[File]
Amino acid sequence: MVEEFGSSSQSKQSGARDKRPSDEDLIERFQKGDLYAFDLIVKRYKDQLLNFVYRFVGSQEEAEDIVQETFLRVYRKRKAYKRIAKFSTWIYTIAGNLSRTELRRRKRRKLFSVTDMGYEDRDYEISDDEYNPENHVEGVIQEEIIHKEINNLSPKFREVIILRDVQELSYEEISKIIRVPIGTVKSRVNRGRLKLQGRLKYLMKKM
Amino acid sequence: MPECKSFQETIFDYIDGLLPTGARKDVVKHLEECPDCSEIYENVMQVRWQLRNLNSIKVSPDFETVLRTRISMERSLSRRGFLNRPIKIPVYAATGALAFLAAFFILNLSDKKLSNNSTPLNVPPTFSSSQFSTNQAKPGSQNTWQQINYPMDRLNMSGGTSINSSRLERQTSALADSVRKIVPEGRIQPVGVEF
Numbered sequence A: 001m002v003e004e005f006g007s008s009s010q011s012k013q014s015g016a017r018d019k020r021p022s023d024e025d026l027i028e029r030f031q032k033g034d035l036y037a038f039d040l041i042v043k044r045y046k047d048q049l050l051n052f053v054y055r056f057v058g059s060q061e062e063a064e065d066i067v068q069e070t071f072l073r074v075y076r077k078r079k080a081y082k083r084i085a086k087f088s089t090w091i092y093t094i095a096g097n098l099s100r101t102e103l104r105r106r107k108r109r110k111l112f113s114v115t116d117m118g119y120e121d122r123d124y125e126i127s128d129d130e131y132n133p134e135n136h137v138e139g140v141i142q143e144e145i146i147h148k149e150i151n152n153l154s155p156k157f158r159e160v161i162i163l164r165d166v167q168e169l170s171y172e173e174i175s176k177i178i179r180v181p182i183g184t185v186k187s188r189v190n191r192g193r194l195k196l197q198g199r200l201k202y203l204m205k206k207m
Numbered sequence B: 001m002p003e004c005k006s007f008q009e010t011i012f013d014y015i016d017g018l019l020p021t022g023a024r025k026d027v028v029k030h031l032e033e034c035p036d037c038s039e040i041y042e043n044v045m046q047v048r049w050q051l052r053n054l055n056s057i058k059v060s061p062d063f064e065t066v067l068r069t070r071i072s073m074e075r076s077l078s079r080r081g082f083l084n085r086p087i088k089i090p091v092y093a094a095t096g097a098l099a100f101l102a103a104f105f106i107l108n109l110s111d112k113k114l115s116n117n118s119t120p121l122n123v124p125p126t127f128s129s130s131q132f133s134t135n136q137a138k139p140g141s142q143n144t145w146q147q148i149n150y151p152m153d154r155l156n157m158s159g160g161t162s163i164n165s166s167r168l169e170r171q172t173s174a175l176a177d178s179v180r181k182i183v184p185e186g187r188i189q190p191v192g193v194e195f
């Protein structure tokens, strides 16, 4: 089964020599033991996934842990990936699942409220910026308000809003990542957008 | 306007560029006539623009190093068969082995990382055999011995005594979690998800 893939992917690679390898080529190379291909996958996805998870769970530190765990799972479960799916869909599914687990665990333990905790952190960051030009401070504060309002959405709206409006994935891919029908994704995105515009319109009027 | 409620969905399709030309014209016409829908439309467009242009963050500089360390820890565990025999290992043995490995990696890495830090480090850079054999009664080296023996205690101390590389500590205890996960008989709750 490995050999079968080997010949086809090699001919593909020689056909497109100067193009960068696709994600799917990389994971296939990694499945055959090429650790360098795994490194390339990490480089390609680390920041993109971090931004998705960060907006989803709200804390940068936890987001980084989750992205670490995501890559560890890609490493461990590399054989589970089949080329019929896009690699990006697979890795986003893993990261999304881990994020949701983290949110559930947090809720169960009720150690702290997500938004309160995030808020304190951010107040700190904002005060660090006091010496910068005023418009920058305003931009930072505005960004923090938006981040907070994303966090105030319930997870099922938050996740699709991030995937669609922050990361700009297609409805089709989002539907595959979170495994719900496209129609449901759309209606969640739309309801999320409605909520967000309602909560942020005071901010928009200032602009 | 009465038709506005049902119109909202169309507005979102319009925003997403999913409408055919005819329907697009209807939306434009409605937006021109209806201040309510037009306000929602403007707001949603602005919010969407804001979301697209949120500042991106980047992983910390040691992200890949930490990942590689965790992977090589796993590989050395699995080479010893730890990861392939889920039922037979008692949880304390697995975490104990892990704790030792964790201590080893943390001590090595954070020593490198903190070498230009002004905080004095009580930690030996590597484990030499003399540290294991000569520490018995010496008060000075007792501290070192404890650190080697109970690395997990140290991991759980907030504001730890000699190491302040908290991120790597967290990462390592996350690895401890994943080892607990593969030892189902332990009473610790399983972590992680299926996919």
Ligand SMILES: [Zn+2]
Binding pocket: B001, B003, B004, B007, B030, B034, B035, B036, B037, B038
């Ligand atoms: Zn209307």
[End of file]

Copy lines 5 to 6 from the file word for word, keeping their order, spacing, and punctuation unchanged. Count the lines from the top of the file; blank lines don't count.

């Protein structure tokens, strides 16, 4: 089964020599033991996934842990990936699942409220910026308000809003990542957008 | 306007560029006539623009190093068969082995990382055999011995005594979690998800 893939992917690679390898080529190379291909996958996805998870769970530190765990799972479960799916869909599914687990665990333990905790952190960051030009401070504060309002959405709206409006994935891919029908994704995105515009319109009027 | 409620969905399709030309014209016409829908439309467009242009963050500089360390820890565990025999290992043995490995990696890495830090480090850079054999009664080296023996205690101390590389500590205890996960008989709750 490995050999079968080997010949086809090699001919593909020689056909497109100067193009960068696709994600799917990389994971296939990694499945055959090429650790360098795994490194390339990490480089390609680390920041993109971090931004998705960060907006989803709200804390940068936890987001980084989750992205670490995501890559560890890609490493461990590399054989589970089949080329019929896009690699990006697979890795986003893993990261999304881990994020949701983290949110559930947090809720169960009720150690702290997500938004309160995030808020304190951010107040700190904002005060660090006091010496910068005023418009920058305003931009930072505005960004923090938006981040907070994303966090105030319930997870099922938050996740699709991030995937669609922050990361700009297609409805089709989002539907595959979170495994719900496209129609449901759309209606969640739309309801999320409605909520967000309602909560942020005071901010928009200032602009 | 009465038709506005049902119109909202169309507005979102319009925003997403999913409408055919005819329907697009209807939306434009409605937006021109209806201040309510037009306000929602403007707001949603602005919010969407804001979301697209949120500042991106980047992983910390040691992200890949930490990942590689965790992977090589796993590989050395699995080479010893730890990861392939889920039922037979008692949880304390697995975490104990892990704790030792964790201590080893943390001590090595954070020593490198903190070498230009002004905080004095009580930690030996590597484990030499003399540290294991000569520490018995010496008060000075007792501290070192404890650190080697109970690395997990140290991991759980907030504001730890000699190491302040908290991120790597967290990462390592996350690895401890994943080892607990593969030892189902332990009473610790399983972590992680299926996919």
Ligand SMILES: [Zn+2]